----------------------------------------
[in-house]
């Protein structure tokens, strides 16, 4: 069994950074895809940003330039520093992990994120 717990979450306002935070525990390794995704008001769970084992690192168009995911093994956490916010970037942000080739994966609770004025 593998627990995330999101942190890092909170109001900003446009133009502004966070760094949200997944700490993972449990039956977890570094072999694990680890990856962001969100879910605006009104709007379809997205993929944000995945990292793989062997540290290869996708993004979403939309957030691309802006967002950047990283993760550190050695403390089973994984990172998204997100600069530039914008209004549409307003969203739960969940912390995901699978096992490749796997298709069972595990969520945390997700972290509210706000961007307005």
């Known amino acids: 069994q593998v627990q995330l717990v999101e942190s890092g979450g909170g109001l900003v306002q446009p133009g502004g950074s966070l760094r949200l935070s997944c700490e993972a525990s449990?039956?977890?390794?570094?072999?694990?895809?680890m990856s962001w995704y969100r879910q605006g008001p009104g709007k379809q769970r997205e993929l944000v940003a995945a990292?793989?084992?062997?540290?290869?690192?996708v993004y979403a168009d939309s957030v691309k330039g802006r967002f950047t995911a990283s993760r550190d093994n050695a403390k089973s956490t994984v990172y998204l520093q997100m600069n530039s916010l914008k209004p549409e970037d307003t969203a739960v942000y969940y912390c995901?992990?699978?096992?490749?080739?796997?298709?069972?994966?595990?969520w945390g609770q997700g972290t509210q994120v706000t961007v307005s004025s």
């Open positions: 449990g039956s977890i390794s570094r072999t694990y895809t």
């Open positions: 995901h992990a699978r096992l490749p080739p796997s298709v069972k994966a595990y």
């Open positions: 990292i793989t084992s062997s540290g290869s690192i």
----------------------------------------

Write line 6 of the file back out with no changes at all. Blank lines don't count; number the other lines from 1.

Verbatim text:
């Open positions: 990292i793989t084992s062997s540290g290869s690192i």